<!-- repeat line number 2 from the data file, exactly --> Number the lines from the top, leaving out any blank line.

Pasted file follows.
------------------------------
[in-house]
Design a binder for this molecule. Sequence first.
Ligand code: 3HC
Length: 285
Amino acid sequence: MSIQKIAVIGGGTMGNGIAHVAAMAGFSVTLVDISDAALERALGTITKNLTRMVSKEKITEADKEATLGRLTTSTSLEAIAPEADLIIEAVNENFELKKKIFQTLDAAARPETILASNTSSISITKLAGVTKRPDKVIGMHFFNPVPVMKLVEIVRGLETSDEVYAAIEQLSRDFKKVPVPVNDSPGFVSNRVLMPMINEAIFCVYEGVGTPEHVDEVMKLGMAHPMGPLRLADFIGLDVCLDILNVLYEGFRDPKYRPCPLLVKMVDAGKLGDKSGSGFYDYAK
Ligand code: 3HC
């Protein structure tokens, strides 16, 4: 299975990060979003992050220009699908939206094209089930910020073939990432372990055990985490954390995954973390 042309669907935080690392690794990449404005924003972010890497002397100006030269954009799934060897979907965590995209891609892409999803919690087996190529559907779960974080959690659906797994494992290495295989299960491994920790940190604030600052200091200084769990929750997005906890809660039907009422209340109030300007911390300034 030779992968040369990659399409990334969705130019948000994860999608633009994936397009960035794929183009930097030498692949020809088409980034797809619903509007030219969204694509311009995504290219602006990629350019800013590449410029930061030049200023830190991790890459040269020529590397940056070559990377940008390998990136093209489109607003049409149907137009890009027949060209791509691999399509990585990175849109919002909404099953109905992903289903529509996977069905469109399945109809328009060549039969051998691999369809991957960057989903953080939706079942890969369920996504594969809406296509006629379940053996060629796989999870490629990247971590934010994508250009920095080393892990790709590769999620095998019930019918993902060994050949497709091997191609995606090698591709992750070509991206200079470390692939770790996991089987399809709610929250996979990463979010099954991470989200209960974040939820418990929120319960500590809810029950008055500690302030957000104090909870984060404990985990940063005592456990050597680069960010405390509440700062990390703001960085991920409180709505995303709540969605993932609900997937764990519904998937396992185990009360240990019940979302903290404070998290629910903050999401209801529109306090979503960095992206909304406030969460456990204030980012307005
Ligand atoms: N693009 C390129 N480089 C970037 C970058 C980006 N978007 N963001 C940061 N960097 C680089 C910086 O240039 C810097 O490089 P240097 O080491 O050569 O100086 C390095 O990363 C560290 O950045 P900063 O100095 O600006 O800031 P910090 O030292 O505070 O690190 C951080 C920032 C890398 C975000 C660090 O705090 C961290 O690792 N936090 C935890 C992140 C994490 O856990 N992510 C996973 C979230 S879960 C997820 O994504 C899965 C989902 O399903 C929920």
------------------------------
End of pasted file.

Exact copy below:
Design a binder for this molecule. Sequence first.